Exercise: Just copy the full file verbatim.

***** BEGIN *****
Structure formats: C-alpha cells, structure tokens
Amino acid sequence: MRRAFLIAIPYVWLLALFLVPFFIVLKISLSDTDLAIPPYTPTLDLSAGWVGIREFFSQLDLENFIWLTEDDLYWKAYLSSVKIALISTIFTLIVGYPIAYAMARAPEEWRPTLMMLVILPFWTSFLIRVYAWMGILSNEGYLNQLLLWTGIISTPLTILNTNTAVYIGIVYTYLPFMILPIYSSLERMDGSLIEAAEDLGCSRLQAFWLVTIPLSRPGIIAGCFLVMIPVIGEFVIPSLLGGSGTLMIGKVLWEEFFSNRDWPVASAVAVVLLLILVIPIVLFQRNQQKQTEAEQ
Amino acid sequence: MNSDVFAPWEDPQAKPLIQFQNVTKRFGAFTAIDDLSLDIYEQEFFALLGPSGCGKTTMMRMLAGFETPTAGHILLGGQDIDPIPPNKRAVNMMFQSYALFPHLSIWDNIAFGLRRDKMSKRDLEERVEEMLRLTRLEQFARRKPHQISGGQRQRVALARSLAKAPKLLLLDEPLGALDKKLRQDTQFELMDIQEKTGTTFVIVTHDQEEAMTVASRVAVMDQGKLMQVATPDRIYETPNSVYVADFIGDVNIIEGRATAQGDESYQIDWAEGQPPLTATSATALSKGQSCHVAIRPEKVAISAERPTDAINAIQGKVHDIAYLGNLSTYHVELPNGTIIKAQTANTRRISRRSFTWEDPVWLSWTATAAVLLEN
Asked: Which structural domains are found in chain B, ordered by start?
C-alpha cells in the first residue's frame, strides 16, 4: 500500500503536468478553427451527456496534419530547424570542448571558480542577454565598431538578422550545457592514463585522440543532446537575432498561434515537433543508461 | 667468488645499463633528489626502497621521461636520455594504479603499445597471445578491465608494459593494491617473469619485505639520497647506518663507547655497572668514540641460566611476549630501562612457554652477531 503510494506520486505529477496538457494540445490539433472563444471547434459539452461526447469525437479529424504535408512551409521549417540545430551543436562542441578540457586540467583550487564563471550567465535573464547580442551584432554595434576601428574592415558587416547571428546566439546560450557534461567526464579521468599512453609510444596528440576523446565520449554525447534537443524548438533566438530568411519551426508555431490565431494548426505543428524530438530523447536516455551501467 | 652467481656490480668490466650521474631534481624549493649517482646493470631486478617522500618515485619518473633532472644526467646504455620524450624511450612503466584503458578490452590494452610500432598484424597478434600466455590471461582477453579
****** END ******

Structure formats: C-alpha cells, structure tokens
Amino acid sequence: MRRAFLIAIPYVWLLALFLVPFFIVLKISLSDTDLAIPPYTPTLDLSAGWVGIREFFSQLDLENFIWLTEDDLYWKAYLSSVKIALISTIFTLIVGYPIAYAMARAPEEWRPTLMMLVILPFWTSFLIRVYAWMGILSNEGYLNQLLLWTGIISTPLTILNTNTAVYIGIVYTYLPFMILPIYSSLERMDGSLIEAAEDLGCSRLQAFWLVTIPLSRPGIIAGCFLVMIPVIGEFVIPSLLGGSGTLMIGKVLWEEFFSNRDWPVASAVAVVLLLILVIPIVLFQRNQQKQTEAEQ
Amino acid sequence: MNSDVFAPWEDPQAKPLIQFQNVTKRFGAFTAIDDLSLDIYEQEFFALLGPSGCGKTTMMRMLAGFETPTAGHILLGGQDIDPIPPNKRAVNMMFQSYALFPHLSIWDNIAFGLRRDKMSKRDLEERVEEMLRLTRLEQFARRKPHQISGGQRQRVALARSLAKAPKLLLLDEPLGALDKKLRQDTQFELMDIQEKTGTTFVIVTHDQEEAMTVASRVAVMDQGKLMQVATPDRIYETPNSVYVADFIGDVNIIEGRATAQGDESYQIDWAEGQPPLTATSATALSKGQSCHVAIRPEKVAISAERPTDAINAIQGKVHDIAYLGNLSTYHVELPNGTIIKAQTANTRRISRRSFTWEDPVWLSWTATAAVLLEN
Asked: Which structural domains are found in chain B, ordered by start?
C-alpha cells in the first residue's frame, strides 16, 4: 500500500503536468478553427451527456496534419530547424570542448571558480542577454565598431538578422550545457592514463585522440543532446537575432498561434515537433543508461 | 667468488645499463633528489626502497621521461636520455594504479603499445597471445578491465608494459593494491617473469619485505639520497647506518663507547655497572668514540641460566611476549630501562612457554652477531 503510494506520486505529477496538457494540445490539433472563444471547434459539452461526447469525437479529424504535408512551409521549417540545430551543436562542441578540457586540467583550487564563471550567465535573464547580442551584432554595434576601428574592415558587416547571428546566439546560450557534461567526464579521468599512453609510444596528440576523446565520449554525447534537443524548438533566438530568411519551426508555431490565431494548426505543428524530438530523447536516455551501467 | 652467481656490480668490466650521474631534481624549493649517482646493470631486478617522500618515485619518473633532472644526467646504455620524450624511450612503466584503458578490452590494452610500432598484424597478434600466455590471461582477453579